The three kids heard something in the night but figured mom was just arguing with her boyfriend Carlos. So they went back to sleep. Friday morning, 8-year-old Noah got up for school and awoke his siblings, 4-year-old Martha and 3-year-old Michael. Mom and Carlos still hadn't stirred, so he walked into their bedroom.
Then he saw them.
What to do? He didn't know. He touched the blood to make sure it was real. For a few hours, he and the others sat near the bed and sobbed. Their pit bull puppy wandered around, tracking tiny red paw prints through the house. Finally, Noah and his sister grabbed a sheet of paper and some crayons. They drew two headstones, both cross-shaped. On the bottom, they scrawled, "Rest in Peace, Mom and Carlos."
Rain poured on Key Largo. The water sluiced down Cuba Road, a sleepy block that dead-ends into Dove Sound, a mangrove-shaded inlet connected by canal to the Atlantic Ocean a few blocks away. Eventually, Noah made a decision: They'd have to find somewhere else to live. He grabbed his siblings, and they started walking up the sodden street.
Travis Kvadus, their next-door neighbor, rolled over in bed and checked the live feeds from the cameras he'd mounted in front of his house. The 33-year-old fisherman rubbed his eyes, confused. Why were the three kids he regularly babysat walking around in the rain?
He jogged out and opened the gate. The children rushed into his gravel-strewn front yard. "Mom and Carlos are dead," Noah told Kvadus.
"Are you sure?" he asked, still trying to wake up. "They're not just sleeping?"
"There was blood," Noah said.
Kvadus was silent for a moment. "Well," he said, "you'd better show me."
Inside the bedroom, the bodies were splayed across the floor. Tara Rosado, a strikingly pretty 26-year-old with aqua-blue eyes, lay flat on her back, her arms stretched straight out to either side. Carlos Ortiz — muscular, with a buzzcut, and four years older — slumped with his torso hunched awkwardly over his legs. Both had been shot through the head. Dark, nearly black blood soaked the floor near a pile of plush kids' toys.
Kvadus, a certified boat captain, had some first-aid training. So he reached to check for a pulse. But then he looked again at those gunshot wounds. His neighbors were plainly dead.
The Florida Keys are many things: a sun-bleached playground for the ultrarich, a blue-collar home to thousands of fishermen and hospitality workers, a rural chain of coral rock emerging just above the rising seas. There are ugly bar fights and plenty of drugs. But there's hardly any gun violence. A young couple brutally executed a few feet from their young children? Never.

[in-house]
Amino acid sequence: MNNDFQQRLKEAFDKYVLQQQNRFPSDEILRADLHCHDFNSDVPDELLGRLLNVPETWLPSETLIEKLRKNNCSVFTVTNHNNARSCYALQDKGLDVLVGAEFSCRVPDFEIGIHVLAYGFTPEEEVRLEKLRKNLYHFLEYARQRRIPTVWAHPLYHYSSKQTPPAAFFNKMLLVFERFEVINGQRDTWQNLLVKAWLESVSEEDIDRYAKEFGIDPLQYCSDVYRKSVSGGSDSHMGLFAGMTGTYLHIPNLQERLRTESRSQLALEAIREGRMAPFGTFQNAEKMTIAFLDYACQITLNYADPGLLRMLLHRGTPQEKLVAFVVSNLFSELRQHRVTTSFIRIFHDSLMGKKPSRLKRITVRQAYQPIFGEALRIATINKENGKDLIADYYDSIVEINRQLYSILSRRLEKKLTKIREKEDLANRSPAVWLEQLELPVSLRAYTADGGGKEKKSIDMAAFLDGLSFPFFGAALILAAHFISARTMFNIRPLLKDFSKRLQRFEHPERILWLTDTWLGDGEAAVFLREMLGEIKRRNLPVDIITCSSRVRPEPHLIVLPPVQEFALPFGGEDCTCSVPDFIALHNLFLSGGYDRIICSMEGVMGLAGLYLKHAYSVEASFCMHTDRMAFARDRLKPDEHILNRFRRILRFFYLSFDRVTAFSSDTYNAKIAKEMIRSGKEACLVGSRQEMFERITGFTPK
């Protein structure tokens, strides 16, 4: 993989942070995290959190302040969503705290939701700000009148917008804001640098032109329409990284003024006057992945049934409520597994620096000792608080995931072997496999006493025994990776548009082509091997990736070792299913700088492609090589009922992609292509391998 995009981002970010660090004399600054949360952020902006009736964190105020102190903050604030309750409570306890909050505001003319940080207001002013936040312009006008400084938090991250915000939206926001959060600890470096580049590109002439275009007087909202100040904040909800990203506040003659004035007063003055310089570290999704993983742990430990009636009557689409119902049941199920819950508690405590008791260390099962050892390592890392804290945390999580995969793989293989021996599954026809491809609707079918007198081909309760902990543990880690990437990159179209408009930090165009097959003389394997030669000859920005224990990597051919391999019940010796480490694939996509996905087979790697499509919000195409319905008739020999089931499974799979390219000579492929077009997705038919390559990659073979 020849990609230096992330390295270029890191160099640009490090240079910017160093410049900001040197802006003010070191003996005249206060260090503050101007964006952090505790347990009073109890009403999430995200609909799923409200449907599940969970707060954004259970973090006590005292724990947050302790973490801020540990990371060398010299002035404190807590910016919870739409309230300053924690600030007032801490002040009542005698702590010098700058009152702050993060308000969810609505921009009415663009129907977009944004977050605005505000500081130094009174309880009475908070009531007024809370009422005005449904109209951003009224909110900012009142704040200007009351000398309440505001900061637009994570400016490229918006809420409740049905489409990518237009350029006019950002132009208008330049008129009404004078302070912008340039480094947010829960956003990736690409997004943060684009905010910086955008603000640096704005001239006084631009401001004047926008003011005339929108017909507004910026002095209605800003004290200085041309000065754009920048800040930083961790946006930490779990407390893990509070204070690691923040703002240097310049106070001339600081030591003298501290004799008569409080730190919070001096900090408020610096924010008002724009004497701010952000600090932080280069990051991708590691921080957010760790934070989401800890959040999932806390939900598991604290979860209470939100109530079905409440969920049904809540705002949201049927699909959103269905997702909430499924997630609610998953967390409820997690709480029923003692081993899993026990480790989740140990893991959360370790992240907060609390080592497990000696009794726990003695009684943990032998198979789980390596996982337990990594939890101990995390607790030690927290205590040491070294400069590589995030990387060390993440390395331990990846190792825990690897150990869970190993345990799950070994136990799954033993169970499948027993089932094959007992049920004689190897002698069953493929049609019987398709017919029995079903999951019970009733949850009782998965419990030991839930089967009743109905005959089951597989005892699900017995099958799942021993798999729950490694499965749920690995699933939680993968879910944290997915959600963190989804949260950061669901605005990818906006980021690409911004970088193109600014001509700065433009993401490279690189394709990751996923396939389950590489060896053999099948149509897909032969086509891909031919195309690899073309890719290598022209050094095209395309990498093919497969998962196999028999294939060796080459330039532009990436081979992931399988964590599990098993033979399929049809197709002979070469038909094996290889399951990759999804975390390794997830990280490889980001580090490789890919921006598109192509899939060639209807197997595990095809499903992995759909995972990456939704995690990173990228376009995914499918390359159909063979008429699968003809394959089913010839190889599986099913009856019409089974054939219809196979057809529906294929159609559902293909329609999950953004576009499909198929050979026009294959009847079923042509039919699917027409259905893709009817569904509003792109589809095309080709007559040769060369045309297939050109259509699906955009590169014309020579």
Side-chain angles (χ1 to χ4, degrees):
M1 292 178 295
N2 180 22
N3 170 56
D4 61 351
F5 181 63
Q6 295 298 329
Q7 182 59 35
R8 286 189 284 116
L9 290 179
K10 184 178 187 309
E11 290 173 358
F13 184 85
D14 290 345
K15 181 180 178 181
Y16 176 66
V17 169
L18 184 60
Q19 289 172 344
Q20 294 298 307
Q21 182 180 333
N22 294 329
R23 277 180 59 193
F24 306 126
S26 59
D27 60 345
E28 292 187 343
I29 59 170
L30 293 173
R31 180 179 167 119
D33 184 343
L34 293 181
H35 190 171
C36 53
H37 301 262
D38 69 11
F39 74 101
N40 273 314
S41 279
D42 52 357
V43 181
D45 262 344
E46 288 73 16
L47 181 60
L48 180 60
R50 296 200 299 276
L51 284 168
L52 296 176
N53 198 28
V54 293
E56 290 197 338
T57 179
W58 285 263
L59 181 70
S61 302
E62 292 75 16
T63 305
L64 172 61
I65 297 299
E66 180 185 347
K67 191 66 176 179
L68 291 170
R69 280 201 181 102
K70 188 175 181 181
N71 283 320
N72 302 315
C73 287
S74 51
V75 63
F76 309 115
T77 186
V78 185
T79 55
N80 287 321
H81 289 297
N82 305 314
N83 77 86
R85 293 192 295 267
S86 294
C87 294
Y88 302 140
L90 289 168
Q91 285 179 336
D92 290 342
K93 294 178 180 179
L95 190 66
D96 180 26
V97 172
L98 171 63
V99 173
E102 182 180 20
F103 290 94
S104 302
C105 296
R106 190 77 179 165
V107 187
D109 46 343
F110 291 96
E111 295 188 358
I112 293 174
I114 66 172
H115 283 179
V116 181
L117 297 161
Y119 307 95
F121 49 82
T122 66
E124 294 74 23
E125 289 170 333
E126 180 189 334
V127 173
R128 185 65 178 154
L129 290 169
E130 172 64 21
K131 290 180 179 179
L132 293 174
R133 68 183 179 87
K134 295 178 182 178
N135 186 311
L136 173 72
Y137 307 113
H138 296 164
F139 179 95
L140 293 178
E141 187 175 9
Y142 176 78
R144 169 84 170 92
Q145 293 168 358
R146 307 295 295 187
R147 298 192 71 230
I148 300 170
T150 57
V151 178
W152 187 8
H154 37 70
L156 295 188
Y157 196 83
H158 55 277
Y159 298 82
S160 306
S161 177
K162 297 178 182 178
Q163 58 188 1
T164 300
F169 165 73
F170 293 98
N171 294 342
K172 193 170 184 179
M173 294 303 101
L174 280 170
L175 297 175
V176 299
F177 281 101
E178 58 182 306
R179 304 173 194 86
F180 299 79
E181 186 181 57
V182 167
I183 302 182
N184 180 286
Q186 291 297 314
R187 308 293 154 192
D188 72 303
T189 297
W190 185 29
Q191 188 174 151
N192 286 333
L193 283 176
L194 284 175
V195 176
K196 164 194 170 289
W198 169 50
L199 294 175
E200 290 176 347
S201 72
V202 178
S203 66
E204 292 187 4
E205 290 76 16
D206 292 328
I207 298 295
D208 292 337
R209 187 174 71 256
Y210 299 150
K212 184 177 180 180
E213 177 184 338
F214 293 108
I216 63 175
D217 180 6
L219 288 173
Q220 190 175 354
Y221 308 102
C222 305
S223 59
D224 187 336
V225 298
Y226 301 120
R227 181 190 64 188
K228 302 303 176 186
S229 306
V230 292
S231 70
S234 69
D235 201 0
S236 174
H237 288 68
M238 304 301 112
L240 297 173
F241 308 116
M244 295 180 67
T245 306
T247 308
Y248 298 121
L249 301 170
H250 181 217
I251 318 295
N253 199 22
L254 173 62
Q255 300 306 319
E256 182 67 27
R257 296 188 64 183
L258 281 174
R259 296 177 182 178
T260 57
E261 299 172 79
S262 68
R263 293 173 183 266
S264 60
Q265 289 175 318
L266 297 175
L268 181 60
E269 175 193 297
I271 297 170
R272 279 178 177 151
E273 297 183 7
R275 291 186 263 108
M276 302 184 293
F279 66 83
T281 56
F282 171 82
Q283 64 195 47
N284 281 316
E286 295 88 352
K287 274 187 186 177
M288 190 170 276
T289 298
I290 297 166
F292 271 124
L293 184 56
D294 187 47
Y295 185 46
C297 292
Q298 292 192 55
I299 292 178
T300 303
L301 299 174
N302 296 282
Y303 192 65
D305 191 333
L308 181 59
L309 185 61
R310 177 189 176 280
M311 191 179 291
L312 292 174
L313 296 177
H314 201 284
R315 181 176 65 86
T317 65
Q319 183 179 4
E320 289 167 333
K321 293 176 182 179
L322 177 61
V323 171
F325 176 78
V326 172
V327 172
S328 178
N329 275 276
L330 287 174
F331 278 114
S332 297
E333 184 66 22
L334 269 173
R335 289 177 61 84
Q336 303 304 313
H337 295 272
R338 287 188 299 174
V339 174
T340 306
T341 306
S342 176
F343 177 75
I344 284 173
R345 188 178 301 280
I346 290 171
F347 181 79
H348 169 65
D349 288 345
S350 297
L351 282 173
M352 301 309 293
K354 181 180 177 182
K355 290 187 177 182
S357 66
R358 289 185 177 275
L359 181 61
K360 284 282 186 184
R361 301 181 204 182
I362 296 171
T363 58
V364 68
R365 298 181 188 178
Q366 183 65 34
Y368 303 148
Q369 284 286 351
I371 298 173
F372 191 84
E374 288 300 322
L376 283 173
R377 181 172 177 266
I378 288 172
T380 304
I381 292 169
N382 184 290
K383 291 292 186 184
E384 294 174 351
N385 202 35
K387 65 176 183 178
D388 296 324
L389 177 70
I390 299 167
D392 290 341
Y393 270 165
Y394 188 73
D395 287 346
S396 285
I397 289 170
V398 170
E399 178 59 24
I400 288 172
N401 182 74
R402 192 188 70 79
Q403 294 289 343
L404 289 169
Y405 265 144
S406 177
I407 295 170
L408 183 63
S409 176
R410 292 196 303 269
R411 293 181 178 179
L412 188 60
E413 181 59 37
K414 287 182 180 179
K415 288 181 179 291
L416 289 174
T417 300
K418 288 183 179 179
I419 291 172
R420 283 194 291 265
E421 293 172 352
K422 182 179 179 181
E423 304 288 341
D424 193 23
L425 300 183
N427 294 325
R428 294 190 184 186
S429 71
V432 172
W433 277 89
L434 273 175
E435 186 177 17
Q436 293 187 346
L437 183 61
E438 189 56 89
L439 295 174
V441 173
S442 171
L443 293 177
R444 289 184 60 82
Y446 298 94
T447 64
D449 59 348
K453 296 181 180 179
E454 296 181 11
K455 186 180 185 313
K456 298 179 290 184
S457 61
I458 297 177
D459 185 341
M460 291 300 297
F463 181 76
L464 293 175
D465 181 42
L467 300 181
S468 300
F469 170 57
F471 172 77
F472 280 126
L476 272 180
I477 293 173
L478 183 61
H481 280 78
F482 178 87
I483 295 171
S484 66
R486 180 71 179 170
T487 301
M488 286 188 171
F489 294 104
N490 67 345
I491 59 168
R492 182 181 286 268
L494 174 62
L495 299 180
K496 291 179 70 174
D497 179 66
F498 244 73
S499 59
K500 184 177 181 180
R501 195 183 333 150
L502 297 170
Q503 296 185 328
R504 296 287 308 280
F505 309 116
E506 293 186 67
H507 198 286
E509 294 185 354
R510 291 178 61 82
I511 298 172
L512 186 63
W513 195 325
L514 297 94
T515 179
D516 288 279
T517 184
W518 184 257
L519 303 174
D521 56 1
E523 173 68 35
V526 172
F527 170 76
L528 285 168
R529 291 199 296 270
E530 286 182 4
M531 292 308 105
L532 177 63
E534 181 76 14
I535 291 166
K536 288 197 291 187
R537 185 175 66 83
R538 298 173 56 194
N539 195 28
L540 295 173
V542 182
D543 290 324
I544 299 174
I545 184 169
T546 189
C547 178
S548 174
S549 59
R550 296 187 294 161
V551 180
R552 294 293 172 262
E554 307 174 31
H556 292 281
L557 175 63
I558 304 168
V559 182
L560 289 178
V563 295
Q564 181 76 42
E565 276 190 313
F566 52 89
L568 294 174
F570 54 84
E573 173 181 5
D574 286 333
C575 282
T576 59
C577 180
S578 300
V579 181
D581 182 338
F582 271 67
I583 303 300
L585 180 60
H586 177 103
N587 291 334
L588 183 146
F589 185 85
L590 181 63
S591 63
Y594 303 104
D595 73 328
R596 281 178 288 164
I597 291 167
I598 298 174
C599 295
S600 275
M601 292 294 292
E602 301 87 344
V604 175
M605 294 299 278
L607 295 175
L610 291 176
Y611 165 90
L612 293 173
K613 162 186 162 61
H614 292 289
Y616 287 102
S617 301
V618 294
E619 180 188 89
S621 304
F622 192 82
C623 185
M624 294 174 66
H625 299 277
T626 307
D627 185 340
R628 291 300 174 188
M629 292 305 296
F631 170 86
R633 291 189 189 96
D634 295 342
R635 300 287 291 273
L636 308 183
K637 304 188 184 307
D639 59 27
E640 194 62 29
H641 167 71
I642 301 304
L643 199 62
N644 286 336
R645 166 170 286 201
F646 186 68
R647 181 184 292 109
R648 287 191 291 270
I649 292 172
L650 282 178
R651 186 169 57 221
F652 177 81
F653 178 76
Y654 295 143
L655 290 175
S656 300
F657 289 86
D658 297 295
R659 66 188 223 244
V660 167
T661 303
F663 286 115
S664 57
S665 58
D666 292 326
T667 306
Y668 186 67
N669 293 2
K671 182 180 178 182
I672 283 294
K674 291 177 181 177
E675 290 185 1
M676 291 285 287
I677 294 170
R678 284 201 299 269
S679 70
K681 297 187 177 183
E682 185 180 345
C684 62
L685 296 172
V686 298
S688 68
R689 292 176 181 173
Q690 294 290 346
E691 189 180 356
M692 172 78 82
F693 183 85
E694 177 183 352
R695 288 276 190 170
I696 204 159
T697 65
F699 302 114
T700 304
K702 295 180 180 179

Rosado and Ortiz's mysterious killing on October 15, 2015, sent locals from Key Largo to Islamorada into a panic and left sheriff's deputies scrambling. Detectives would follow a trail of violence and blackmail for months before divining its source: Jeremy Macauley, a fisherman with a troubled past who'd found a bale of pure cocaine floating in the turquoise sea. Months later, a prosecutor's suicide and a surprise jailhouse interview would further muddy the tale.
The untold story of Key Largo's most brutal homicide in 25 years shines a light on a drugged-out Upper Keys underbelly worthy of a Bloodlines subplot and reveals a surprising truth: Every year, dozens of Florida fishermen find square groupers — packages of marijuana or cocaine, sometimes worth millions of dollars — drifting in the ocean. Then they have to choose: Call the Coast Guard? Or chase the promise of riches far beyond what a fishing boat can provide, risking prison time — or, in some cases, unimaginable bloodshed.
Thomas Breeding was reeling in grouper about 50 miles south of Panama City when he spotted a dark, microwave-size cube glinting in the foamy Gulf waves.
The 30-year-old with a thick goatee had been trying to eke out a clean living as a fisherman after previous weapons and drug convictions. But he could feel his heart pounding as he pulled the package onto his boat. He sliced through the soggy plastic lining and glimpsed the white powder inside: more than 40 pounds of bone-dry, pure cocaine. On the street, he quickly calculated, it would sell for at least a half-million bucks.
"I never in my wildest dreams would have thought it would happen to me," Breeding says. "What would anybody do in that situation?"
For the tens of thousands who fish the sun-baked waters around Florida, that's more than an academic question. Because a checkerboard of agencies, from the Drug Enforcement Administration to the Coast Guard to local cops, deals with drugs discovered at sea, there are no real stats on just how much cocaine and weed is found floating in the ocean after being jettisoned by smugglers fleeing the authorities or caught in bad weather.
But in just the past two years, at least 600 pounds — upward of $5 million worth of drugs — have been found by Florida fishermen and beachgoers, according to police and news reports gathered by Miami New Times. Far more was surely found and resold on the black market without being reported.
"We hear about maybe four or five cases every year," says Dep. Becky Herrin, a spokesperson for the Monroe County Sheriff's Office in the Keys. "But, of course, we would have no way of knowing how often fishermen find drugs at sea and decide to keep them or resell them."
That's a regular occurrence, says Travis Kvadus, who has been fishing off Key Largo for more than 15 years. "You spend enough time out there, you'll find drugs every five years or so," Kvadus says. "A lot of times, you'll see it and you don't even fuck with it... But every year, guys do keep a haul and resell it."